The initiative is characterized by strong support for liberal multi-party democracy. However, it sees that the existence of formal structures does not guarantee a successful democracy, and that there are serious problems with its functioning in Brazil. These problems are principally those of electoral corruption and clientilism, and are caused by a combination of unscrupulous, self-interested politicians and an apathetic and ill-informed electorate.
As Amanda, a co-ordinator in the Federal District, states: Our country is suffering various crises in the political sphere because of a lack of awareness.
So we need to motivate these pupils to reflect more, not to exchange their vote for basic provisions…. Interview with Amanda The system, according to this view, is basically good, and if the people can act in a moral, responsible and critical manner, then society will function justly and well.
The necessity of political participation for all citizens is made clear in the introduction to a storybook for schools created by the TRE in the Federal District: We understand that school has a mission to transmit basic knowledge in relation to the matters outlined above [citizenship, rights and duties etc.
In relation to this electoral participation, there is a strong emphasis on political parties and their policies rather than candidates responding to relatively weak awareness of the former 16 and a strong dependence on the personalities of the latter in Brazilian politics. As the Roraima document states: The initiative is careful, however, not to favour any specific political party: Furthermore, VF does not see elements of individual and group identity as being of significance for citizenship.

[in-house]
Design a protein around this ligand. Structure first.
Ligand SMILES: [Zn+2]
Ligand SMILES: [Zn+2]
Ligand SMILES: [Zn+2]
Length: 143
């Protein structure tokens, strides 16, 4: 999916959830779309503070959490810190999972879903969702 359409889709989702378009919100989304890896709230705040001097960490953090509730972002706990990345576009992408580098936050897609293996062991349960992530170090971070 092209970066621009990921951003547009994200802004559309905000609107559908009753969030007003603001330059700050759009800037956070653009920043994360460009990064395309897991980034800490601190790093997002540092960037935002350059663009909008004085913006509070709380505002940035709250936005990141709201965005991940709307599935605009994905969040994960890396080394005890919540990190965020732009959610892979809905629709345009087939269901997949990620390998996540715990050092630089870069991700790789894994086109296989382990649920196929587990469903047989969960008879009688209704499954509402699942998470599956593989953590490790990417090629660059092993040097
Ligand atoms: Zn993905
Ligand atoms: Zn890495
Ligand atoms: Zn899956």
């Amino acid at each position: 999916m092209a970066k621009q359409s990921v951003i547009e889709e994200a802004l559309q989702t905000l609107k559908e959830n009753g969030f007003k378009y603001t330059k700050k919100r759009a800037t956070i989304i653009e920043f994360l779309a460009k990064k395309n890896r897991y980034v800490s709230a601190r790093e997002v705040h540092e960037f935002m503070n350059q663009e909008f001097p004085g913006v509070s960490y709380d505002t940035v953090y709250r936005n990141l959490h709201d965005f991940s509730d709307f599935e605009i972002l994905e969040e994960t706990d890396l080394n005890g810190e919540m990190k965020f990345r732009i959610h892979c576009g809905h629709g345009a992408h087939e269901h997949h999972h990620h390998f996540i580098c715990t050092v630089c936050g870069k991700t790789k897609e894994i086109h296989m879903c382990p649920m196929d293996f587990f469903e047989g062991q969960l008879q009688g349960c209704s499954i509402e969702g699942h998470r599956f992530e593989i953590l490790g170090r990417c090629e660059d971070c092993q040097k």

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- Terra e... Episode 24 Discussion
The citizen in this initiative is understood to be the possessor of a set of rights protected by law, and a set of duties to respect the law, irrespective of differences. While there is opposition to discrimination against particular groups or individuals, there is no attempt to address the exclusion of particular groups by providing differential treatment: In addition, and in contrast to the other two initiatives, citizenship is to a large extent seen as a future state, one attained once formal right to vote has been granted, and for which children must prepare themselves6.
Curricular programme Voter of the Future, therefore, is characterized by an adherence to the structures and principles of liberal democracy, with an awareness of the current abuses and malfunctionings of the system, and proposing in their place upholding of the law and active, responsible citizenship.
Education is seen as a means for individuals to develop the necessary knowledge and moral qualities to participate effectively, and keep those in power accountable. VF is different from the other two initiatives in that it is not a full curricular framework, instead consisting of particular activities run in schools at specific periods of the year. It therefore inserts itself into an existing school curriculum, without attempting to transform it.